When we've done it, they were glad to see us, and I'm sure I would be, too. But, I'm an old school
old gal, and there were no EPIRBs yet, people did not expect ever to have a button to push, so the only available help came via HF radio
, or VHF
, if you were close, or visual, and one expected to save oneself. The fishing
boat to whose aid we went was a recently launched one that was unable to start their engine
, and had an electrical
problem and could not use their radio
. Our only assistance, once we got back upwind to offer it, was to make radio
contact with a mate of theirs to organize a real rescue
The other time, we were asked by the local authorities to go to the rescue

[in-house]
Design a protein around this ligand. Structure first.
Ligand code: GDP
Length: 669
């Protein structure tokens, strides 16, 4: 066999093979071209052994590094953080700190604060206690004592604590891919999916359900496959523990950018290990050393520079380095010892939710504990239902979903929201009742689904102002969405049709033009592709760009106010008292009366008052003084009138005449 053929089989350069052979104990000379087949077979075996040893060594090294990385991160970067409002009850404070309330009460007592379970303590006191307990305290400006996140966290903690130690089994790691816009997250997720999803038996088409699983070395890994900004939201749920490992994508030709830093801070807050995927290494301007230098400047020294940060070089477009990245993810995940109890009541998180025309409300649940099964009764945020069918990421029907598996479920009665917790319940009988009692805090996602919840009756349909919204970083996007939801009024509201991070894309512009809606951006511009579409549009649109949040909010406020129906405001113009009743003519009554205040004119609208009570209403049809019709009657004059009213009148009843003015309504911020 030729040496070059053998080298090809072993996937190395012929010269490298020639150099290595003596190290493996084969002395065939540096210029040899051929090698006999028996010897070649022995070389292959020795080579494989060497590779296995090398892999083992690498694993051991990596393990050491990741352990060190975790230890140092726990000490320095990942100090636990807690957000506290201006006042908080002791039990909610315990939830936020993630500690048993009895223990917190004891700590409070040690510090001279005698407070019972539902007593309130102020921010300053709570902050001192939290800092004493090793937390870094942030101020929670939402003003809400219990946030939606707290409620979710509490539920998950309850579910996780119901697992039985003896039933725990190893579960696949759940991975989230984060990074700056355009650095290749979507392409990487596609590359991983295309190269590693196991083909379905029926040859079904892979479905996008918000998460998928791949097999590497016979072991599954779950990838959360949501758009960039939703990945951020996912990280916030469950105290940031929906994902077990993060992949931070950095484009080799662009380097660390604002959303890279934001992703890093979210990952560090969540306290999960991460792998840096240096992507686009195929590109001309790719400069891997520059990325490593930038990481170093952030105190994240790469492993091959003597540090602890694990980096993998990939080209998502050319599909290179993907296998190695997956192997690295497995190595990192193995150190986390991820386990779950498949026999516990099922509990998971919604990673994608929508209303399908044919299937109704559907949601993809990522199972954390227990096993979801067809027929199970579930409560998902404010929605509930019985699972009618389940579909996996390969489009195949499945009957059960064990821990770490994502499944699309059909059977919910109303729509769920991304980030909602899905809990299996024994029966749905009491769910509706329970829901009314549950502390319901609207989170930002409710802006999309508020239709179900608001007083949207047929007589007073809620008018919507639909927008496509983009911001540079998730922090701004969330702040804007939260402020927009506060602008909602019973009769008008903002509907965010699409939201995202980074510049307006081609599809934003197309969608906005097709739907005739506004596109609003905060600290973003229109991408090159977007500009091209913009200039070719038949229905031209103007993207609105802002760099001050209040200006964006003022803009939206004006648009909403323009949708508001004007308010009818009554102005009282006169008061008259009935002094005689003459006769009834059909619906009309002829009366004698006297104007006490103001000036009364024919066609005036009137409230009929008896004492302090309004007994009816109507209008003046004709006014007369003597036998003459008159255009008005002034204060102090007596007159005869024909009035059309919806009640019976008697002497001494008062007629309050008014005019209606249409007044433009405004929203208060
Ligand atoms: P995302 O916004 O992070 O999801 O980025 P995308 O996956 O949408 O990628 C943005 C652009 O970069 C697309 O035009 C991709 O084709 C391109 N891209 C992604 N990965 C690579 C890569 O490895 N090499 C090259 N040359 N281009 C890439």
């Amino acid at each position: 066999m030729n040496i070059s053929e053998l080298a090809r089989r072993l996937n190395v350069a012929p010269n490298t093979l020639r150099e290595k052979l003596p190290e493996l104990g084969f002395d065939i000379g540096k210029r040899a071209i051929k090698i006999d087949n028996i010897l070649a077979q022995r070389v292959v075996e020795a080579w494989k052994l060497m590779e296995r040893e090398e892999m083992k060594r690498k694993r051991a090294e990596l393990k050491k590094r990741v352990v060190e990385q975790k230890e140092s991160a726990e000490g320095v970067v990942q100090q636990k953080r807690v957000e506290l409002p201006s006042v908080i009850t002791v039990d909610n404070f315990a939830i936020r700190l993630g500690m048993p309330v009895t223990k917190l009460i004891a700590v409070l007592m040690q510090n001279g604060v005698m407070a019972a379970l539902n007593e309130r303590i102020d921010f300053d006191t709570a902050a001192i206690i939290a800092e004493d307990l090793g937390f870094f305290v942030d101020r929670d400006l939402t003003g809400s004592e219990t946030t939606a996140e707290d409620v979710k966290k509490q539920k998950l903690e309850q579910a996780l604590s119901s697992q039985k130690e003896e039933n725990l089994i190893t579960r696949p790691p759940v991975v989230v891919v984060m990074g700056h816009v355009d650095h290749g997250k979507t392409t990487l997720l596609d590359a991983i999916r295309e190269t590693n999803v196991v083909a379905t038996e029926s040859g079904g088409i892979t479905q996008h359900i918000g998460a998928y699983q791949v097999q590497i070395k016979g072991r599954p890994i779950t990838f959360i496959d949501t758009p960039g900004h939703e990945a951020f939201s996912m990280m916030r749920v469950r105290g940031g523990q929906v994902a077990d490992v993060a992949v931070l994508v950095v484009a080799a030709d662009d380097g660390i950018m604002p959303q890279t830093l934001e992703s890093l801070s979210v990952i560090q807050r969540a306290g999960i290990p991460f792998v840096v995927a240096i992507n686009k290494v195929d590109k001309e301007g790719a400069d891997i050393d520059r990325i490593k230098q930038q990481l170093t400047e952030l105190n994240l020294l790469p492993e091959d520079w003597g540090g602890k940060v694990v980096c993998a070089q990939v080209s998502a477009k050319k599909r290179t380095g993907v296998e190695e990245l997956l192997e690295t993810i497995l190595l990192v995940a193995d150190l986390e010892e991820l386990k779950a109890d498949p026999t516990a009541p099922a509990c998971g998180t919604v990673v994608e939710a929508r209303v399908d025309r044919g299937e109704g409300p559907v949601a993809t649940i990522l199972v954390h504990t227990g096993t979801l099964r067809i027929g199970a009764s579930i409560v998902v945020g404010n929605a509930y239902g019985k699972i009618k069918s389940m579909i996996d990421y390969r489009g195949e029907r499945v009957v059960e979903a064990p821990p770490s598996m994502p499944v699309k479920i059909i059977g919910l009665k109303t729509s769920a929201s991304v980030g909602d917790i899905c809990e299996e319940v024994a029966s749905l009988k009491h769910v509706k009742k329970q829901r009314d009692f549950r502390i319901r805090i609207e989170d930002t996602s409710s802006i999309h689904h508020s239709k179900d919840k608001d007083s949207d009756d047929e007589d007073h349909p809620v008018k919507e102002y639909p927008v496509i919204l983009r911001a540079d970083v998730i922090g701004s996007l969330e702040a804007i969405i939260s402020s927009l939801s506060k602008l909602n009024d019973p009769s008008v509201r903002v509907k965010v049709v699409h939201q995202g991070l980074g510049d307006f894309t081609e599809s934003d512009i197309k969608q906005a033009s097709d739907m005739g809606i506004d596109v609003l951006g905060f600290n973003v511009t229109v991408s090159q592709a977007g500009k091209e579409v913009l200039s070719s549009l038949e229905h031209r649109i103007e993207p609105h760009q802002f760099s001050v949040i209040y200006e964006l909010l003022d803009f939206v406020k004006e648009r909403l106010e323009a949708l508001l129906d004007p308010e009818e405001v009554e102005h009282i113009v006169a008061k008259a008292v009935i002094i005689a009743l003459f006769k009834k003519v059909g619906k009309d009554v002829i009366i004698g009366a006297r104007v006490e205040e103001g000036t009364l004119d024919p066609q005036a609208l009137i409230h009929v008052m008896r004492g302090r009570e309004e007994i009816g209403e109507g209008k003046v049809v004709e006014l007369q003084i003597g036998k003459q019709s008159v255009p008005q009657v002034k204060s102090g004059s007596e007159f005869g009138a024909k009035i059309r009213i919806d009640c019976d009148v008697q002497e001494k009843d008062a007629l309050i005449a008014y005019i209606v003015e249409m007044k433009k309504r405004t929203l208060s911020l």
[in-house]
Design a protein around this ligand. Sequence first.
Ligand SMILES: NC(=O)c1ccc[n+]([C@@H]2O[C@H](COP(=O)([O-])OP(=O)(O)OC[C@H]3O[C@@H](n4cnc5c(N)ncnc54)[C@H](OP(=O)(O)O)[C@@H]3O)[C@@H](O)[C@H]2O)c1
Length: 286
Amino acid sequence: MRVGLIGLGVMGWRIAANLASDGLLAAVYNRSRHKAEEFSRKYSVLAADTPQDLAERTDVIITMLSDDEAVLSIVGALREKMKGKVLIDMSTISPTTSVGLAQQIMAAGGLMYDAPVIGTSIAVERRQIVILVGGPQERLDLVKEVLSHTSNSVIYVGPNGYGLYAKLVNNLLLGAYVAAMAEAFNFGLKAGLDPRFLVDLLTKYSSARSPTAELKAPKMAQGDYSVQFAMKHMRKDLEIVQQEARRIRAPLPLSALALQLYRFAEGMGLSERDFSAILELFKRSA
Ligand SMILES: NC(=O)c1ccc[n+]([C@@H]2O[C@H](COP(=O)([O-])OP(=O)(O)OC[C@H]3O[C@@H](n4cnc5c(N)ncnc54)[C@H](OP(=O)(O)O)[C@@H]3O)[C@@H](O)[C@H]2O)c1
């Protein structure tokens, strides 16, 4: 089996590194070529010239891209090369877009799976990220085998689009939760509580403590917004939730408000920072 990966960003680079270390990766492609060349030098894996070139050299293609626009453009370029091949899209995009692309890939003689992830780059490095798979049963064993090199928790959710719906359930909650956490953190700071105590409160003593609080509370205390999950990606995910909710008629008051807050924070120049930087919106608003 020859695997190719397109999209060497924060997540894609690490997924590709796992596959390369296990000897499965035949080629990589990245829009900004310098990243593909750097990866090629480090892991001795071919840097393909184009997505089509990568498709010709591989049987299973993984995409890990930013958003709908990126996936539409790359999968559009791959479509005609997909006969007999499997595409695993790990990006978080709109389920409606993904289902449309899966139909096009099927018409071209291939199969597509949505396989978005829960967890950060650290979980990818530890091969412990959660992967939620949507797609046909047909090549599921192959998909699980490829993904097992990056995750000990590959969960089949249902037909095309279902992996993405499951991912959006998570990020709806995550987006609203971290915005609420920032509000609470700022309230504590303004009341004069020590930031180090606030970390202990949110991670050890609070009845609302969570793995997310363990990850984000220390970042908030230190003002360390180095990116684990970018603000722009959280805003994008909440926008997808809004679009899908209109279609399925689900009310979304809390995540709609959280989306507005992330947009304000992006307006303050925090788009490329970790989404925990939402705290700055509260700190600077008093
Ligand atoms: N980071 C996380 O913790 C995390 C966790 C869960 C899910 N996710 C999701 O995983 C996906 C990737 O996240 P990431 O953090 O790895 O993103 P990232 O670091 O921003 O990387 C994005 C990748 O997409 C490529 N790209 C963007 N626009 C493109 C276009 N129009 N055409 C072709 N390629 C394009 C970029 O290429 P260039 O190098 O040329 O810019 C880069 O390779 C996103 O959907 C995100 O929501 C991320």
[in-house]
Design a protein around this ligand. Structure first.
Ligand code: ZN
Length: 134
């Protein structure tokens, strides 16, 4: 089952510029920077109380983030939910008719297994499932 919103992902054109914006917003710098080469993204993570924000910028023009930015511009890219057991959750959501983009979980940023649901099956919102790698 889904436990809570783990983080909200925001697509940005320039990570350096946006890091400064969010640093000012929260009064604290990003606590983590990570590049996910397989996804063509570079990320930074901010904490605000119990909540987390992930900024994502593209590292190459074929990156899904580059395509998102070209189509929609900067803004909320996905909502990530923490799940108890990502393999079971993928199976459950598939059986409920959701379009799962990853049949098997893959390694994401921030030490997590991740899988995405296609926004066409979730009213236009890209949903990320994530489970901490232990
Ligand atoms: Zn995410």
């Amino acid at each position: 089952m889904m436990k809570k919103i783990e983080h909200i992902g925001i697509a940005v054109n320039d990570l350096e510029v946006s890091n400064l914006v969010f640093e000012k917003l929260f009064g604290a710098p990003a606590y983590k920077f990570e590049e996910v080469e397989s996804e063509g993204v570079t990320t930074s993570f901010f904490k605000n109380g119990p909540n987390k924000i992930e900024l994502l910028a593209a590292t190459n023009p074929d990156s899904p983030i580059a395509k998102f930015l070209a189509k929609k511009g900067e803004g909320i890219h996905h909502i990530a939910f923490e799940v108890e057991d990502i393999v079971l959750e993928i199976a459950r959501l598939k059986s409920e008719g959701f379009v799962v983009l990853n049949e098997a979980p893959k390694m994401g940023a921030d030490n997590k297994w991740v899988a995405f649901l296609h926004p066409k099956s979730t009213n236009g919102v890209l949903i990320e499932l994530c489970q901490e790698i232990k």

of a brigantine that was taking on water
. By the time we got there, the weather
had eased, and their pumps had pumped it out, so no assistance needed.
The time we sailed in company with our friends with the damaged rudder
, it was a real drag, slowing down our boat to not sneak away from them, and yet we were glad to do it.
When we were dismasted close enough to land that we had enough fuel
in, I don't think I have words to describe how very much it mattered to get ourselves in to safety
on our own.
I guess I wasn't really clear about what I said about group sailing. If you're talking daysails, it's a lot easier to stay together than on ocean crossings. Also, on ocean crossings, it can be very difficult to get back to someone to offer aid. Hard on the wind
in the open ocean in 35 knots or better is not my idea of fun--ymmv. In those, or stronger conditions, acting to go upwind to help someone can damage the boat, and is a real act of kindness. I expect, these days, that the vessel in question might more likely set off an EPIRB
than ask a friend to come back and help. Perhaps I am wrong in this. Certainly, some friends would do it unasked.